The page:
Hattiesburg, MS — Hattiesburg resident Kenny Matlock is "more than meets the eye."
Not only is he a professional firefighter for three different Mississippi cities, he is also an avid action figure collector who has also garnered the attention of the Travel Channel.
In the spring, "Toy Hunter" host Jordan Hembrough and his film crew stopped by to take a look at the collection of figurines and comic books that Matlock has collected since he was a child.
The result was an appearance on a recent episode.
"I've been collecting toys and comics most of my life," he said. "When I was growing up as a kid, my parents owned an antiques store and they taught me to never throw anything away."
Matlock said he was told Hembrough found out about his "comic book room" by running into one of his fellow firefighters.
"I work for the Biloxi Fire Department, the Oak Grove Fire Department and Pine Ridge Fire Department. Jordan was visiting a store in Biloxi and one of the guys I work with down there told him about me," Matlock said.
Hembrough said he and his team had set out to scour Mississippi for treasures hidden in residents' homes, small businesses and storage facilities. Hembrough said they were intrigued by what they heard about Matlock, and that after meeting him and his wife, Michele, they were glad they visited Hattiesburg.
"Let me just say, I love Hattiesburg — it was one of the nicest towns I've been to in the South. Everyone opened their arms to the crew and showed us that true Southern hospitality. We had a wonderful time," Hembrough said.
"We were there with Kenny and his wife for about 10 hours, and we walked away with some really cool He-Man: Masters of the Universe toys and Superman toys and a really cool Freddy Krueger horror statue. He's definitely a hidden jewel."
Hembrough, whose business — Hollywood Heroes — specializes in obtaining and selling collectibles to clients in search of specific items, said he was impressed with what he found at the Matlock residence.
In fact, he said one of the items he bought from Matlock was sold almost as soon as it traded hands.
"(The Freddy Krueger statue) really thrilled a collector I have in New Jersey," Hembrough said. "Kenny helped make that guy's birthday a really pleasant one."
Matlock said he was surprised to be contacted about his collection, but he was happy to share his memories and open his home to Hembrough and the television crew.
"I have a room that we call 'the comic book room' that is nothing but action figures and comic books," Matlock said. "I'd say my collection was 99 percent Transformers. I started collecting them in 1984 when they first came out. I thought it was a great idea (to be on the show) and to share the stories and origins of the Transformers and collecting toys. I enjoyed the opportunity."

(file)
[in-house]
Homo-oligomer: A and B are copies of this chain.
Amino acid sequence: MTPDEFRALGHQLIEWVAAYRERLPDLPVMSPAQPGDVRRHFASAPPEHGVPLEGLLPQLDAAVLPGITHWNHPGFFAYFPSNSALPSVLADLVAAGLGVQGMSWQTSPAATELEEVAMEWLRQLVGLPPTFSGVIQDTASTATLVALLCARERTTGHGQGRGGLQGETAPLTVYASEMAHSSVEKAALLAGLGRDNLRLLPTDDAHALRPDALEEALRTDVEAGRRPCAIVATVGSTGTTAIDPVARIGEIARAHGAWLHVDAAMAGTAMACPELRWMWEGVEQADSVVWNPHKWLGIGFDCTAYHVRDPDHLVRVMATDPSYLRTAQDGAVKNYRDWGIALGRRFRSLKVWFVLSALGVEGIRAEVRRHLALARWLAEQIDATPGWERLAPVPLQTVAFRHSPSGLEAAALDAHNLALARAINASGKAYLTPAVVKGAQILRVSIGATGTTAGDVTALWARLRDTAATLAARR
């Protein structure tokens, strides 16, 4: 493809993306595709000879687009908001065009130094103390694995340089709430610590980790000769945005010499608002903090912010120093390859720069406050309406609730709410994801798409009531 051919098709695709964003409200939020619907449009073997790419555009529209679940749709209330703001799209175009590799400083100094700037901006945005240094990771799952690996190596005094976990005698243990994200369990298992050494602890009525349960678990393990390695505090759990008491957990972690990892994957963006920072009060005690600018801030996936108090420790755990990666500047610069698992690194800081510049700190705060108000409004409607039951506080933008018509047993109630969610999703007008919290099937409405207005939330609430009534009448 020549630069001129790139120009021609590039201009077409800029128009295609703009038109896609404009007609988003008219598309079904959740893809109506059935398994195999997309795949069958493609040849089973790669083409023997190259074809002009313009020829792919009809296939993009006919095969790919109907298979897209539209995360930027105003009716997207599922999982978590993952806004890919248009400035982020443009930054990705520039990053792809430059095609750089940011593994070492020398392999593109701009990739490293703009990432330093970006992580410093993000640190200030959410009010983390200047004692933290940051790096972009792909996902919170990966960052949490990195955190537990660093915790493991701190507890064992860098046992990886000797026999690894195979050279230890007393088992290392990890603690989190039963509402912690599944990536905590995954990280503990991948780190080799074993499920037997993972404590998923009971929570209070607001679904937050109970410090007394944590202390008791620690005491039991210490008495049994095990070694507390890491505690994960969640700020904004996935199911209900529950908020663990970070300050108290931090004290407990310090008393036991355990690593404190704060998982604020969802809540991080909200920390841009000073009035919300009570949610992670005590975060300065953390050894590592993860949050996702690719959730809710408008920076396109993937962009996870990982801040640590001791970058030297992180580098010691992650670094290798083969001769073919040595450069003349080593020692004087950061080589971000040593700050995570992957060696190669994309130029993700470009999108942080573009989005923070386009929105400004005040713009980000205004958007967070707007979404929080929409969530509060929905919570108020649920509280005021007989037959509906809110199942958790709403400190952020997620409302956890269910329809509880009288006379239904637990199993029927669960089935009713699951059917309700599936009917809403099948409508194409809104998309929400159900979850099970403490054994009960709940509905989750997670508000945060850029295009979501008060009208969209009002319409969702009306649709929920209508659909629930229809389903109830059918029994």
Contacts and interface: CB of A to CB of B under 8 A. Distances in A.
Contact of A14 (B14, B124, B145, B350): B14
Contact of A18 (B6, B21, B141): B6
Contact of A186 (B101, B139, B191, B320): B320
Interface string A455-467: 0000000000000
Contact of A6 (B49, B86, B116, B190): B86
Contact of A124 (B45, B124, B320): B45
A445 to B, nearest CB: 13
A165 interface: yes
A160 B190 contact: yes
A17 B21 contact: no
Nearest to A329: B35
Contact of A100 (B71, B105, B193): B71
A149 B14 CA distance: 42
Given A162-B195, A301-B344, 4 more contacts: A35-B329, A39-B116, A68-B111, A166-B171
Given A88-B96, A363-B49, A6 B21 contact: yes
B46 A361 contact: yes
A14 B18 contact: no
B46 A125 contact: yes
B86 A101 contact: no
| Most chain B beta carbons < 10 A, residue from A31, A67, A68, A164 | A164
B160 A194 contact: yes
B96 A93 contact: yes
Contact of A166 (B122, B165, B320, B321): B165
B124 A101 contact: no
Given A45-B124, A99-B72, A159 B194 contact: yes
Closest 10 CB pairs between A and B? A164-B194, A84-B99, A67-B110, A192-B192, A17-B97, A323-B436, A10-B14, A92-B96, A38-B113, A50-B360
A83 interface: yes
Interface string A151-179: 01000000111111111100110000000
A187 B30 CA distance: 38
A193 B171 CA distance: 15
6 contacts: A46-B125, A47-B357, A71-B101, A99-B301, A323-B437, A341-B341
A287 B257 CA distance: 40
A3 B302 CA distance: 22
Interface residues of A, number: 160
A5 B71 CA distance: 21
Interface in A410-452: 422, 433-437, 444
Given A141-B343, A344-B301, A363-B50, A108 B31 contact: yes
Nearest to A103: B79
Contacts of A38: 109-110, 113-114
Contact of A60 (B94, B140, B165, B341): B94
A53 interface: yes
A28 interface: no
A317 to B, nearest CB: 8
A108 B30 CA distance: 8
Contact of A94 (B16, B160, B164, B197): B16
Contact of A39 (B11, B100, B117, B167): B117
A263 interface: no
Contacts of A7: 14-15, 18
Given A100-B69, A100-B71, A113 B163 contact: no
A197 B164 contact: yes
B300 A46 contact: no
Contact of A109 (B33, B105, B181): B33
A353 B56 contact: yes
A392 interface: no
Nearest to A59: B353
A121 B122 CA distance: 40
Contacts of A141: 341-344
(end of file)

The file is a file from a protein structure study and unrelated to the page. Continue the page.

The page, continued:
However, Matlock said it's only been in recent years that toy collecting has emerged as a socially acceptable adult hobby.
"When I was a kid, I was made fun of so much for collecting Transformers," Matlock said. "I was a nerdy kid back then, and when my parents went through a divorce, I was living with my grandparents, and it was a way to escape the real world."
Matlock said with the creation of the Transformers television show, the characters became even more special to him.
"The Transformers had personalities on the cartoon, and with being picked on in high school and in grade school, they were more like my friends than most (of my classmates.)"
Even though his classmates made fun of him for his interests as a child, Matlock said he still remains a lover of all things Transformers.
"I'm very fortunate that I have a very understanding wife who supports my interests," Matlock said. "She lets me have my comic book room."
However, while his 'man cave' may resemble many collectors' rooms around the world, there is one stark difference Matlock has when compared to others who are interested in collecting — he doesn't know the value of any of his collectibles.
"When I used to collect toys and comics when I was younger, I kind of knew the value of them. But when I became a fireman, I saw how so many people put so much emotional value into material things, and then they're gone in an instant," Matlock said.
"The way I am now, I don't care if most of them go up in smoke. It's fun to collect, but I don't look at the value of things anymore. As long as I have my family, I'm happy."